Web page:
The class is Ethics in Policing. The paper is 9 pages and will need to have ethics and how ethics is involved in police corruption.
Ethics and Police Corruption
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Police corruption is a major problem the world over. This problem is attributed to a police culture that creates numerous opportunities for corrupt activities to thrive. Deficiencies in the processes of recruitment and training also make it possible for police corruption to take place. Within police departments, lack of accountability is often cited as a major factor that contributes to corruption (Williams, 2002). In countries where police corruption is endemic, citizens have no confidence in the police service. They feel that police officer is interested above all in protecting their interests.
Ethics training is often considered a viable platform through which governments across the world can address the problem of police corruption. During ethics training, police officers are enlightened on the importance of obeisance to authority. They are also encouraged to avoid engaging in corruption because it brings shame and dishonor to the police service. During training, recruits for the police service should ideally undergo a socialization process that can enable them to adapt to the world of police operations (Conti & Nolan, 2005). This is also a good time for the new law enforcement officers to be trained on how to play their part in fighting police corruption (Quah, 2006). The aim of this paper is to explore the complexity of police corruption in the contemporary world and how ethics training can be used to deal with this problem
Corruption is a serious problem that affects police departments in all parts of the world. This problem manifests itself in the nature of the work of police officers. Law enforcement agencies operate in an environment full of opportunities to abuse their power for personal gain. As law enforcers, police officers have the power to decide whether to make arrests, look for evidence, and testify in a court of law. In many cases, suspects seek to bribe these officers in an attempt to evade justice. In countries where police officers are poorly remunerated and ethical values have not been properly inculcated into existing training programs, the bribe offer may be too good to resist.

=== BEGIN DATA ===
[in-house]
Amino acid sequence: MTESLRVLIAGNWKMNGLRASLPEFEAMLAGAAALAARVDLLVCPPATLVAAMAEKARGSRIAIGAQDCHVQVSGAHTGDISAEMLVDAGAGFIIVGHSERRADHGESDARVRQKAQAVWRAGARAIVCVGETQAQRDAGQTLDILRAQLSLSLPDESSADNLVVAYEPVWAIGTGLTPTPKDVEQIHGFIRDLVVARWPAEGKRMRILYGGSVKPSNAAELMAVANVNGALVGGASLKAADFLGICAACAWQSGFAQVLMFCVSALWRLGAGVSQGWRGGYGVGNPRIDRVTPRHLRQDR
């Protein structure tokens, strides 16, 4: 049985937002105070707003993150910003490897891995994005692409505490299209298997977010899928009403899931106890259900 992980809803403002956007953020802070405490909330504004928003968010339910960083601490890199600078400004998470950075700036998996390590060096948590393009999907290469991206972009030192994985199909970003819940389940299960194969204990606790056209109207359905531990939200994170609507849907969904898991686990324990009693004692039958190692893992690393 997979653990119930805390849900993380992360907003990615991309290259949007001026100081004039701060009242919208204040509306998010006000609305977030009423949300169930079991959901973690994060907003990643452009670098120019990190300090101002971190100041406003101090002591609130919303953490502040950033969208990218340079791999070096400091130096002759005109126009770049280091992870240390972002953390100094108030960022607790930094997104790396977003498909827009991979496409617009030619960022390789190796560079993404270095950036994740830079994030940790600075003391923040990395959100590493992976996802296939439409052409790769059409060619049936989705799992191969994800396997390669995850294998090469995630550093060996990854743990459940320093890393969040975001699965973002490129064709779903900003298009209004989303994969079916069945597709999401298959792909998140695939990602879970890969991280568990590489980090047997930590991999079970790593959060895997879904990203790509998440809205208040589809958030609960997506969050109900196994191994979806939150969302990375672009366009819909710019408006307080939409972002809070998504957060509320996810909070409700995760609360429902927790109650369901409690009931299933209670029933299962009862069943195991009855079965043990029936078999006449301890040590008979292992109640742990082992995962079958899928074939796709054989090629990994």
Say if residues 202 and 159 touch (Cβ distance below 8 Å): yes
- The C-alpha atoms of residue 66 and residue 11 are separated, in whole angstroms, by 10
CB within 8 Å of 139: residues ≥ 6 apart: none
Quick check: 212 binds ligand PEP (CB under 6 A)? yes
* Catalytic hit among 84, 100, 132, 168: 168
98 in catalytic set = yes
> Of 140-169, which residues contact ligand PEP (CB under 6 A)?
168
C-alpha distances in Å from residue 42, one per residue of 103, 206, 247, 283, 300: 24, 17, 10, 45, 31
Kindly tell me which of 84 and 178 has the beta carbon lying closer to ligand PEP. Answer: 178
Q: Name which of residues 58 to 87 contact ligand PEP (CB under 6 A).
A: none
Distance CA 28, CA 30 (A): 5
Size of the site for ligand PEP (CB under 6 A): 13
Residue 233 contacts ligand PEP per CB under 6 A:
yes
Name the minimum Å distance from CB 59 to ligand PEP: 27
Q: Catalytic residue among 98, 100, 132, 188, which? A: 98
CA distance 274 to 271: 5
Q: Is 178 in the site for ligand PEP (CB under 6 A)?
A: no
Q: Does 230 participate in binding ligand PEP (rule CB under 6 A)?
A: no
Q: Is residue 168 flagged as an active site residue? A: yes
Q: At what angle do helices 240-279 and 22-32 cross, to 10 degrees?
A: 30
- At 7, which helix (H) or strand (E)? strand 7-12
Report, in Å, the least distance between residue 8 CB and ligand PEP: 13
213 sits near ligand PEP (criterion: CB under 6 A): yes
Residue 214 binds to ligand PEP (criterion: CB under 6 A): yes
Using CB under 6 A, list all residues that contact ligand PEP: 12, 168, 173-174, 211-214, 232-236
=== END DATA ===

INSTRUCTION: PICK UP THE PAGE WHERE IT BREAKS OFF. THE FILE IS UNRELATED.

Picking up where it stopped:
In the United States, police corruption is a malignant problem. For example, many US police officers collude with drug dealers to benefit from the proceeds of drug trafficking. Other common forms of corruption in the US include falsification of police reports, perjury, involvement in the protection of crime gangs, and leaking of confidential information. Such acts of corruption continue to persist in the US today because of the kind of training that the law enforcement officers receive. For instance, the first rule that recruits are subjected to in the US is police safety. Police officers are required to protect themselves first and foremost whenever they are in the process of enforcing the law. In this kind of training, no exceptions are given regarding the situations where an officer may put ethics above safety for the sake of promoting a positive image of law enforcement agencies. This means that police safety always wins over officer integrity whenever a choice between the two must be made.
In the US, new officers quickly realize that the principles that they learned in the academy are not being applied in the real world. This is evident because each police department tends to operate based on a unique set of procedures and policies, to which every police officer is required to adapt. The departmental procedure always wins over the universal policing principles acquired during training. The overarching lesson during the first days at work is that whatever was learned during training should never supersede real-world practices. Police officers who adapt to this new reality are highly likely to apply the same argument to other aspects of police training, including police integrity.